January 17, 2018 at 1:08 pm EST | by Joey DiGuglielmo
QUEERY: Casey Rath
Casey Rath, gay news, Washington Blade

Casey Rath (Washington Blade photo by Michael Key)

When she found out both Town and Secrets would be closing, it hit Casey Rath hard.

“I was newly out, struggling to find and meet queer friends and dismayed at the lack of space available to queer womxn (Rath’s preferred spelling) and genderqueer people,” Rath says. “The idea of losing two additional spaces to gentrification was profoundly upsetting. I wanted to do something.”

So she did.

Rath founded a D.C. version of Dyke Bar Takeover, an event started by a group of artists and activists in New York City in 2015 as a way to “preserve and support spaces for queer womxn and non-binary people as a way of combating the death of queer space.”

Each Dyke Night event is basically a happy hour that hires and supports queer artists and entertainers while raising money for LGBT causes. The D.C. chapter had a soft launch with a queer girl movie night in late October at Comet Ping Pong and its first takeover event on Nov. 18 at the Dirty Goose. About 165 attended and $900 was raised for the Queer Visibility Collective.

This weekend, the group will meet for Dyke March Takeover at 10 a.m. at the Starbucks by the Lincoln Memorial Reflective Pool, then participate in the Women’s March on Washington. Several more events are planned throughout spring. Search Dyke Bar Takeover D.C. on Facebook or Instagram for details.

Rath, a 25-year-old Reno, Nev., native, came to Washington three years ago for work. She’s single and lives in Logan Circle. She enjoys stand-up shows, movie nights with friends and supporting queer events in her free time.

 

How long have you been out and who was the hardest person to tell?

I think it will be a year in March. I’m still so new! Looking back in time it seems so obvious, but I wasn’t consciously aware of it until recently. I think learning to trust and recognize your own truth in the face of so many social pressures can be difficult and it never really ends. I’ve been very fortunate, however, that the friends and family in my life have been so accepting.

 

Who’s your LGBT hero? 

Cameron Esposito. She’s hilarious. Along with her wife, she’s deliberately used her platform as a comic to bring discussions about queerness into the public sphere. BIG fan.

What’s Washington’s best nightspot, past or present? 

Depends on what you’re looking for! I love playing tour guide, so I’m always looking for new, niche spots. I would have loved to have seen Phase 1 in its prime.

Describe your dream wedding. 

Small, intimate — definitely with an open bar.

What non-LGBT issue are you most passionate about?

Womxn’s rights and gender equality.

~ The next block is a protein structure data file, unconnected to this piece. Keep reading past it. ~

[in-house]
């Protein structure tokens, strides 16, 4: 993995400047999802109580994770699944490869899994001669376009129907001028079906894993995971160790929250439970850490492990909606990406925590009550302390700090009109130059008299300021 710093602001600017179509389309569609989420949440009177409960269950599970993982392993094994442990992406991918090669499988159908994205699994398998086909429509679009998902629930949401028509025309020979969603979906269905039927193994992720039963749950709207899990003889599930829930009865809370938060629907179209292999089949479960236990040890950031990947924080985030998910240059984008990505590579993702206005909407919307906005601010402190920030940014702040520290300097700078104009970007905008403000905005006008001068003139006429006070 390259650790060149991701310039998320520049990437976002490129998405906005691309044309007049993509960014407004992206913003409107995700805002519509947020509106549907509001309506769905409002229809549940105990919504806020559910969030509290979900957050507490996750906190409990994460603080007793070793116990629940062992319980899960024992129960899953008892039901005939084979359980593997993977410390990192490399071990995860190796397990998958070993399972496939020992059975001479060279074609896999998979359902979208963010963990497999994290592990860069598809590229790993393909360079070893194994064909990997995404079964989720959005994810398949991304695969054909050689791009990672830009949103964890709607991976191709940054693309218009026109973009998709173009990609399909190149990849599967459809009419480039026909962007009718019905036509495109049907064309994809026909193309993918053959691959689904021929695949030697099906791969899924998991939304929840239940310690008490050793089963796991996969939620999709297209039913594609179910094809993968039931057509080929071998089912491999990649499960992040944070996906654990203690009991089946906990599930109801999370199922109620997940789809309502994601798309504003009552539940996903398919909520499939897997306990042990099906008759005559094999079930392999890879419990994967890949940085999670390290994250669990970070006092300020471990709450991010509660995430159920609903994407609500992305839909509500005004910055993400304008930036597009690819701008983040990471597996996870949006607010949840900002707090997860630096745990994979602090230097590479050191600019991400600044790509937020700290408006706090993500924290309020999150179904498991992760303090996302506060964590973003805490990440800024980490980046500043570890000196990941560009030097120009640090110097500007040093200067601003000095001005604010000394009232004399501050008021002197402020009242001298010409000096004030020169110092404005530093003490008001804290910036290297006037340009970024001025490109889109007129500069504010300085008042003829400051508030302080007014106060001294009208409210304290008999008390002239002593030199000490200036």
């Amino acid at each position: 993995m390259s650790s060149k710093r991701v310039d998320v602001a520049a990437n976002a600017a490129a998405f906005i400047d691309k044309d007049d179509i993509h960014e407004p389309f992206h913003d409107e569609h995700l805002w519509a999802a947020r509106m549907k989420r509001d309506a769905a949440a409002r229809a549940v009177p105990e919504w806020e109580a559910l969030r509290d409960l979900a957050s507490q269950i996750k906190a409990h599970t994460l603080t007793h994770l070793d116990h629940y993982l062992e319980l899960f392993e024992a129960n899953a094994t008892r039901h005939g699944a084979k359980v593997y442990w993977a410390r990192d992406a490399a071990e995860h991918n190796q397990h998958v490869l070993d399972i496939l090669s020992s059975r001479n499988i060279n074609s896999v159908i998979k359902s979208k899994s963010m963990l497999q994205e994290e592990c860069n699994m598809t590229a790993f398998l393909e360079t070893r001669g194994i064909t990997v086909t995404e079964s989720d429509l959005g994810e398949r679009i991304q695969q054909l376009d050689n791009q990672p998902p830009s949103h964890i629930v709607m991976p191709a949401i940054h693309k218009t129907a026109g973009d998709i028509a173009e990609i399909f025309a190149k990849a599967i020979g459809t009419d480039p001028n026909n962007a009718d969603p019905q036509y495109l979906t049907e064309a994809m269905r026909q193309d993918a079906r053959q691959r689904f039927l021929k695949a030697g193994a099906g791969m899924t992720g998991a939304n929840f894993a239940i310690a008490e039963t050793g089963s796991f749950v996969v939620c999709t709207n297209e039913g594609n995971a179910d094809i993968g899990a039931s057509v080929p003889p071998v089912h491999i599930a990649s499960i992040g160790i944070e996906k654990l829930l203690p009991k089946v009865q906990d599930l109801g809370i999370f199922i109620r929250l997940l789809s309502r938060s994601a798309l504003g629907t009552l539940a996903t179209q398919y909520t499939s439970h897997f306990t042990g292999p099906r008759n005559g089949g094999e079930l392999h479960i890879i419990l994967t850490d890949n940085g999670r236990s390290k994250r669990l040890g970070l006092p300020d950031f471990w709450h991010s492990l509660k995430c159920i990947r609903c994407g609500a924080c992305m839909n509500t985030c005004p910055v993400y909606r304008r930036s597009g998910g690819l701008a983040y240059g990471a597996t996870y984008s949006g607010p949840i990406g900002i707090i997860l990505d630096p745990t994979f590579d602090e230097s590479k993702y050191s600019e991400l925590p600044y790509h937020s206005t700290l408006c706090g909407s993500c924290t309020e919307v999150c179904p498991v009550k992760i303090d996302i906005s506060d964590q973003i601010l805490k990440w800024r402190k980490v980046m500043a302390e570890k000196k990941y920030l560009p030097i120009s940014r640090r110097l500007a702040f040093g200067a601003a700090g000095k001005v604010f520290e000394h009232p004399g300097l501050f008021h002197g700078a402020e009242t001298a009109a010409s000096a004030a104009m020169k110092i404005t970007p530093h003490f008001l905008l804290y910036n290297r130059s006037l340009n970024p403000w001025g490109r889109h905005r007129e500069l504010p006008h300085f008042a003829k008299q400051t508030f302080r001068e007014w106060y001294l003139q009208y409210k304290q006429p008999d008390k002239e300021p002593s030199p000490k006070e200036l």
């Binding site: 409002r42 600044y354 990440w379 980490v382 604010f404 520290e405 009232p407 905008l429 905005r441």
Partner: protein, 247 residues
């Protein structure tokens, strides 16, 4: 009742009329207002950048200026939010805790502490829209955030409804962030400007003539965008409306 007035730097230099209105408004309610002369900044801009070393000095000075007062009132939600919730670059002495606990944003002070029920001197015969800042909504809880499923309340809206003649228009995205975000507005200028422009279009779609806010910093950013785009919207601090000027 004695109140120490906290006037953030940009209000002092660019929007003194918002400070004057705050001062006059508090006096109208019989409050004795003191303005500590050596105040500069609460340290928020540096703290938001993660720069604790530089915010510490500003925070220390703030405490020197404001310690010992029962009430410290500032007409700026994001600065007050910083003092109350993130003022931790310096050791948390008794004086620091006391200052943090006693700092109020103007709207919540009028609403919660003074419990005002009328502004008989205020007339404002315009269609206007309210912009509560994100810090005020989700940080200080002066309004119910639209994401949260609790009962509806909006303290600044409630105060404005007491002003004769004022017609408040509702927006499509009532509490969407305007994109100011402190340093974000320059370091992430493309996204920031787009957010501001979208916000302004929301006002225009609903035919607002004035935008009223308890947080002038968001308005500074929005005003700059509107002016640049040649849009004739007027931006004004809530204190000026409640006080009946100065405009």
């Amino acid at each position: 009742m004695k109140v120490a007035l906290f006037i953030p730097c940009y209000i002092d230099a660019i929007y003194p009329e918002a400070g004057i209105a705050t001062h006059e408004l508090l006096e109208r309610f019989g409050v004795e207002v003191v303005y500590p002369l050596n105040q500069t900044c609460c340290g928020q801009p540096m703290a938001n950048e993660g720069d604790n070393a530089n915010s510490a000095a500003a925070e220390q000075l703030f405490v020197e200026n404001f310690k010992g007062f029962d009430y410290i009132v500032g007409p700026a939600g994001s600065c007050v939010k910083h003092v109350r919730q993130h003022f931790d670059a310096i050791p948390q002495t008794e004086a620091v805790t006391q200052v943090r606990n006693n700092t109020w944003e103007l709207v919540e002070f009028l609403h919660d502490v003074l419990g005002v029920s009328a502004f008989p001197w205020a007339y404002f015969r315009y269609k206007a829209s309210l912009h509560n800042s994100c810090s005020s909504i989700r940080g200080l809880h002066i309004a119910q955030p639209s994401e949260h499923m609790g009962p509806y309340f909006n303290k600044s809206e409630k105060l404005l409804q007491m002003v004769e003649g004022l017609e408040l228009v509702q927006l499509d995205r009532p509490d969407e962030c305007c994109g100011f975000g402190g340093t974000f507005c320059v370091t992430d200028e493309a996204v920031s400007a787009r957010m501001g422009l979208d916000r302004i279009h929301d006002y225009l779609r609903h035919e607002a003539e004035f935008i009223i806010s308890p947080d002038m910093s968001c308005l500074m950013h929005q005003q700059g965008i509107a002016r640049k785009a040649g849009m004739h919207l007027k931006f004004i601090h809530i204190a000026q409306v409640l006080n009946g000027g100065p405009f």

What historical outcome would you change?

Is it fair to say the election?

What’s been the most memorable pop culture moment of your lifetime?

Beyonce performing “Formation” in New Orleans, La., at the 2013 Super Bowl Halftime Show.

On what do you insist? 

Inclusivity and integrity.

What was your last Facebook post or Tweet?

I shared an article on femme invisibility in the queer community.

If your life were a book, what would the title be? 

“Am I Doing This Right?”

If science discovered a way to change sexual orientation, what would you do? 

Congratulate all my straight friends on their ability to convert.

What do you believe in beyond the physical world? 

I’m not particularly religious. I think what matters is how we impact the people around us in this life.

What’s your advice for LGBT movement leaders? 

No one person can carry a movement on their own. Collaborate and support other leaders around you. Stay open.

What would you walk across hot coals for? 

Four more years of Obama.

What LGBT stereotype annoys you most? 

I think there’s an assumption that lesbian bars have disappeared because queer womxn don’t go out or participate in space the way other members of the LGBTQ-plus community do, but that’s really not the case. People come out in droves to attend queer events. The demand is definitely there. Across the country, gentrification has claimed queer venues on both sides of the aisle. It’s an epidemic that goes deeper than consumer behavior. The stereotype that womxn don’t support or utilize their own physical spaces just minimizes the importance these establishments have played in our culture and our history.

What’s your favorite LGBT movie? 

My go-to has always been “Freeheld,” but I just saw “Call Me By Your Name” and it’s basically the most beautiful thing I’ve ever seen. Tie?

 

What’s the most overrated social custom? 

Leaving one space between you and the next person at a bar or coffee shop. Just say hi!

What trophy or prize do you most covet? 

I’ve wracked my brain over this, but I don’t think there is one.

What do you wish you’d known at 18? 

That I was gay. Would’ve saved me a lot of time.

Why Washington?

D.C. is a great city filled with passionate, motivated people. Having so many driven, caring people in one place — that’s a rare thing.

Joey DiGuglielmo is the Features Editor for the Washington Blade.

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